In addition, Ameriquest, a mortgage company specializing in financing housing purchases in heavily minority neighborhoods, gave $250,000, along with $500,000 from two subsidiaries, for a total of $750,000.
Marriott and other hoteliers are pushing hard for the type of liberalized immigration laws favored by the president to gain a larger labor pool. Ameriquest and others in what is known as the sub-prime mortgage industry are seeking legislation that would set national standards preempting tougher laws in a number of states.
Roland and Dawn Arnall of Los Angeles, the chairman and co-chairman, respectively, of Ameriquest, and their companies are more than contributors to the inauguration. They are also the single biggest source of financial support for Bush since 2002. Over the period, they gave and raised at least $12.25 million.
Dawn Arnall gave $1 million to the Republican National Committee in 2002 and $5 million to the pro-Bush 527 group called Progress for America Voter Fund. She served as a co-chairman of the New York Republican Convention Host Committee, with an obligation to raise at least $5 million.
Roland and Dawn Arnall were major fundraisers in 2004, earning the title of "Ranger" for collecting at least $200,000 for the Bush-Cheney ticket and "Super Ranger" for collecting at least $300,000 for the RNC. Roland Arnall hosted a Bush-Cheney fundraiser at his home in August 2004 that produced more than $1 million. Shortly after winning reelection, Bush announced the appointment of the Arnalls as honorary co-chairmen of the inaugural fundraising committee.
A spokeswoman said that "the Arnalls do not grant interviews."
Another $250,000 donor to the inauguration who played a major role in the 2004 election is T. Boone Pickens, a Texas oilman and corporate raider. He gave $2.5 million to the Swift Boat Veterans for Truth, which attacked John F. Kerry's record in Vietnam, and $2.5 million to the pro-GOP 527 organization Progress for America.
Similarly, the $250,000 inaugural contribution of Alexander G. Spanos, a real estate developer and owner of the National Football League's San Diego Chargers, was a small fraction of the $5 million he gave to Progress for America and the $1 million he gave to the New York City Convention Host Committee, which helped to fund the Republicans' presidential nominating convention last summer.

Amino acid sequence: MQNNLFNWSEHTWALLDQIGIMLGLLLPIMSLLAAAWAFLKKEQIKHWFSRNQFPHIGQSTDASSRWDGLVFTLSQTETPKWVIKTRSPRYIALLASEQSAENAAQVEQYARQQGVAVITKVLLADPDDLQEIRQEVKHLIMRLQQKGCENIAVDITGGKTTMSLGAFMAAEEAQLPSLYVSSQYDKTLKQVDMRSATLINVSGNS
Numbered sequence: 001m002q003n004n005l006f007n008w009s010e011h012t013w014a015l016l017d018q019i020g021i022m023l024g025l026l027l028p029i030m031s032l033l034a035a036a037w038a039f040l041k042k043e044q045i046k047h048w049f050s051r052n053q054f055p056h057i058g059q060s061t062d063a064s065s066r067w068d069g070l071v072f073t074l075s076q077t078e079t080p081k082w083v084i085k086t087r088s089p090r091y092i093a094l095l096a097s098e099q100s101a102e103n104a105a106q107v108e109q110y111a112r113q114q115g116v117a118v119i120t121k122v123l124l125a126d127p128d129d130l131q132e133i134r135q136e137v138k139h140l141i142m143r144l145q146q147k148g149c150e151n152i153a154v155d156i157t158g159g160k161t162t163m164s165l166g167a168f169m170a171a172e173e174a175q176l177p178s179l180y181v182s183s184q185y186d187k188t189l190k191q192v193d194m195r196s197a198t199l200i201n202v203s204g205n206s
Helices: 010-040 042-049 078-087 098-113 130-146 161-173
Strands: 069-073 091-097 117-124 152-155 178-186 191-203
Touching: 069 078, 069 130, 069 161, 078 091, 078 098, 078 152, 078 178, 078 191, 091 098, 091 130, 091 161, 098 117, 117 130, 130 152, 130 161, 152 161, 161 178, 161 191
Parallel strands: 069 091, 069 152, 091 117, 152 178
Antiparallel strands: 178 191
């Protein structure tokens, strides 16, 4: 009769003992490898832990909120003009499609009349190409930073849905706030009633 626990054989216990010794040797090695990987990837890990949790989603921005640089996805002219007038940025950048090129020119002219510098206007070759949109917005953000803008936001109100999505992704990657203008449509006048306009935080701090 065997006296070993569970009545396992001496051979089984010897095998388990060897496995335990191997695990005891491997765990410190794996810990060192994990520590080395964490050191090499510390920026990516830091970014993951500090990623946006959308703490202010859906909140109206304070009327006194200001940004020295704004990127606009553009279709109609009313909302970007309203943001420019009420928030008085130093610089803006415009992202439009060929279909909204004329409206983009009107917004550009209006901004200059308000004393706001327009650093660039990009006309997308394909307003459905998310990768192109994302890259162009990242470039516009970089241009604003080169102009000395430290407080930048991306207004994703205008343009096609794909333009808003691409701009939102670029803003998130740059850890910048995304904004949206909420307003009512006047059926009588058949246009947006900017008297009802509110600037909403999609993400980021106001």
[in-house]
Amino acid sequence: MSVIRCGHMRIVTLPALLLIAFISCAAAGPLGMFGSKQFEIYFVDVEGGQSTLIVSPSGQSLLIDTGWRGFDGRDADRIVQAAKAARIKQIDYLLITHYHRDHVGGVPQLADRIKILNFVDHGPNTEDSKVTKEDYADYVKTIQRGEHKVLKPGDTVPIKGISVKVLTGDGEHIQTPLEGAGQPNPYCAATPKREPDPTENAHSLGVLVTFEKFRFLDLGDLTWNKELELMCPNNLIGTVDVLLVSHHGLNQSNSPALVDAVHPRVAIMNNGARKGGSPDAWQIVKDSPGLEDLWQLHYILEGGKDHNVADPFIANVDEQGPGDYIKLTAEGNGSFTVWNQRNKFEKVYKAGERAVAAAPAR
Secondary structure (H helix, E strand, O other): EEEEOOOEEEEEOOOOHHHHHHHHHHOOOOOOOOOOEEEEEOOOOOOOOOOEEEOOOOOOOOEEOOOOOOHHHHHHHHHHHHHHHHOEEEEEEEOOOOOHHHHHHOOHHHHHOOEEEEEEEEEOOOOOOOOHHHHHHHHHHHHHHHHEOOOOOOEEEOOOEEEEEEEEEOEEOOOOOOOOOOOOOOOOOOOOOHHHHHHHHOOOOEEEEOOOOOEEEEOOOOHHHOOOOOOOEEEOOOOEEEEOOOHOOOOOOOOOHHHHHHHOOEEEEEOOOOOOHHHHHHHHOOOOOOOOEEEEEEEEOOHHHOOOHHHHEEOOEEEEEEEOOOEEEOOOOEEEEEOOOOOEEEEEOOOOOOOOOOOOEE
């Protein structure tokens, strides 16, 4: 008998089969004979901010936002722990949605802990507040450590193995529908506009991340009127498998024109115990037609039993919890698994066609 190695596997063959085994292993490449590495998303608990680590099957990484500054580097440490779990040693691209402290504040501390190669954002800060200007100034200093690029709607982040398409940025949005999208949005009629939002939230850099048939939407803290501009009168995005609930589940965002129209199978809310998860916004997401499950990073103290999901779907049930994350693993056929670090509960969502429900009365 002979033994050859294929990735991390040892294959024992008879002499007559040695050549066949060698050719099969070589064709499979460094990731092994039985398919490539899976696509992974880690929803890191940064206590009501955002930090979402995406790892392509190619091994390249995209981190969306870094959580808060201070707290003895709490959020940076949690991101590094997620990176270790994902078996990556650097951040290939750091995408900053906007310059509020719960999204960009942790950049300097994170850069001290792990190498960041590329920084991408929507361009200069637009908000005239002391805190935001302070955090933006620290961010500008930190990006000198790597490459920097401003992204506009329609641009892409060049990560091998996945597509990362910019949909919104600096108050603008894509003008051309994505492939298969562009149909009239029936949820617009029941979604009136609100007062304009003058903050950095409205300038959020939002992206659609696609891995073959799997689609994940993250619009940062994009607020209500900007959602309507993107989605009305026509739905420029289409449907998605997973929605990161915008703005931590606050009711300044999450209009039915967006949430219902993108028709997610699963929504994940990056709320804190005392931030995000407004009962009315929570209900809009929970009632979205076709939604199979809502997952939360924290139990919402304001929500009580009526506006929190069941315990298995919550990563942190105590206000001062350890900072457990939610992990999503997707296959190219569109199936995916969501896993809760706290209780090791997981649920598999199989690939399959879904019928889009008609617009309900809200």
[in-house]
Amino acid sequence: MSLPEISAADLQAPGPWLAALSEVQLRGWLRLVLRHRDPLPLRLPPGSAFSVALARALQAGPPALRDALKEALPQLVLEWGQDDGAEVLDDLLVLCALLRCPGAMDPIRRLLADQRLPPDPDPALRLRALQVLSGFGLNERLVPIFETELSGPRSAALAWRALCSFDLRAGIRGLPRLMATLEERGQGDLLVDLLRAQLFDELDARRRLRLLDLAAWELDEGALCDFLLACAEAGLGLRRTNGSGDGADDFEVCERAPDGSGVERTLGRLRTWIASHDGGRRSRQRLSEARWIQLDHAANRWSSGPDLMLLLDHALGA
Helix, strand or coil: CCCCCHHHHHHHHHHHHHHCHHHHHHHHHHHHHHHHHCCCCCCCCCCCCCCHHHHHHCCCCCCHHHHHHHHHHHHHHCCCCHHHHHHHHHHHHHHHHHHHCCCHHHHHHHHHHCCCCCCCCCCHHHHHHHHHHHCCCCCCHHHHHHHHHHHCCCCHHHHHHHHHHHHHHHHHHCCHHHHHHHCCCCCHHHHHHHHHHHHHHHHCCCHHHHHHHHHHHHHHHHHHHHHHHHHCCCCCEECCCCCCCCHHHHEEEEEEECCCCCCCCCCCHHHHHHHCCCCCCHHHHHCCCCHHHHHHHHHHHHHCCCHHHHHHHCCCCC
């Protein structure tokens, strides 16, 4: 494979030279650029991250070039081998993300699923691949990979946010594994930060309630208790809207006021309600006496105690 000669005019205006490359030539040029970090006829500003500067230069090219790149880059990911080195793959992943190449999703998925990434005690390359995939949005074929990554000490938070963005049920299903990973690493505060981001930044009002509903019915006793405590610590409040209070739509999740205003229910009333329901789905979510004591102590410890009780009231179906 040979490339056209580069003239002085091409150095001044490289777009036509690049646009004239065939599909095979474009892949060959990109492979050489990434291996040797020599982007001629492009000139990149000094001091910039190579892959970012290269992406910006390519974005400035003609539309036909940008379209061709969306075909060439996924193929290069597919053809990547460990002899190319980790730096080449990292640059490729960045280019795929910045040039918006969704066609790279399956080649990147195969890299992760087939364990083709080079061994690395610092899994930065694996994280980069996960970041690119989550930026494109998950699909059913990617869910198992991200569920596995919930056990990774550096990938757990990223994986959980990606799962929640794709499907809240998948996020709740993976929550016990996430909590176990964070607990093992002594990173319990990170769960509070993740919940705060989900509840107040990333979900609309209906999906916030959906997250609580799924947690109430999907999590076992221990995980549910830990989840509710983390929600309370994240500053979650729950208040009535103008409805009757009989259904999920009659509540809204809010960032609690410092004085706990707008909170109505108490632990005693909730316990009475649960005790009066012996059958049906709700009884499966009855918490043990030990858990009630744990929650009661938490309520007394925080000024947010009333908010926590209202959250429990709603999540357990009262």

Many of the inauguration's benefactors are veteran Republican and Bush backers. Thirty-nine of the individual donors were substantial fundraisers in 2004 for the Bush reelection campaign, the Republican National Committee or both. Twenty-one entities or individuals also helped underwrite the Republican National Convention. Nine inaugural contributors funded one or more pro-Bush 527 organization.
Donors offer a range of reasons for participating in the inauguration. One is simply to get good, guaranteed seats and tickets. All donors of $100,000 or more receive benefits keyed to the four-day tribute. These include 38 tickets to 10 balls, receptions, galas and the swearing-in ceremony. Givers of $250,000 get 80 tickets to the 10 events. In addition, big donors' names, or the names of their corporations, will appear on official printed materials.
Edward L. Yingling, incoming president of the American Bankers Association, which gave $25,000, said: "We gave enough to get the sets of tickets we need for bankers, some of our staff and some friends of the industry who want to go to certain events."
Patrick Butler, vice president of The Washington Post Co., said the company, which is the parent of this newspaper, agreed to donate to be sure that it has enough tickets to the Inaugural Ball to cover its major corporate advertisers, which The Post fetes at the event every four years.
A spokesman for the Boeing Co., which gave $100,000, said the money is "to help in celebrating the defining event in the American democratic process." Boeing is dealing with federal probes into the tactics it used to win a contract to lease and sell to the Air Force 100 refueling tankers for $23.5 billion.
A few groups are forthright about their desire to see and be seen. "We want our presence to be known here in Washington and at the inauguration," said Lucien Salvant, spokesman for the National Association of Realtors, which contributed $50,000. "We consider ourselves the chief spokesman for real estate issues and property rights, and we want people to recognize that."
Research database editor Derek Willis contributed to this report.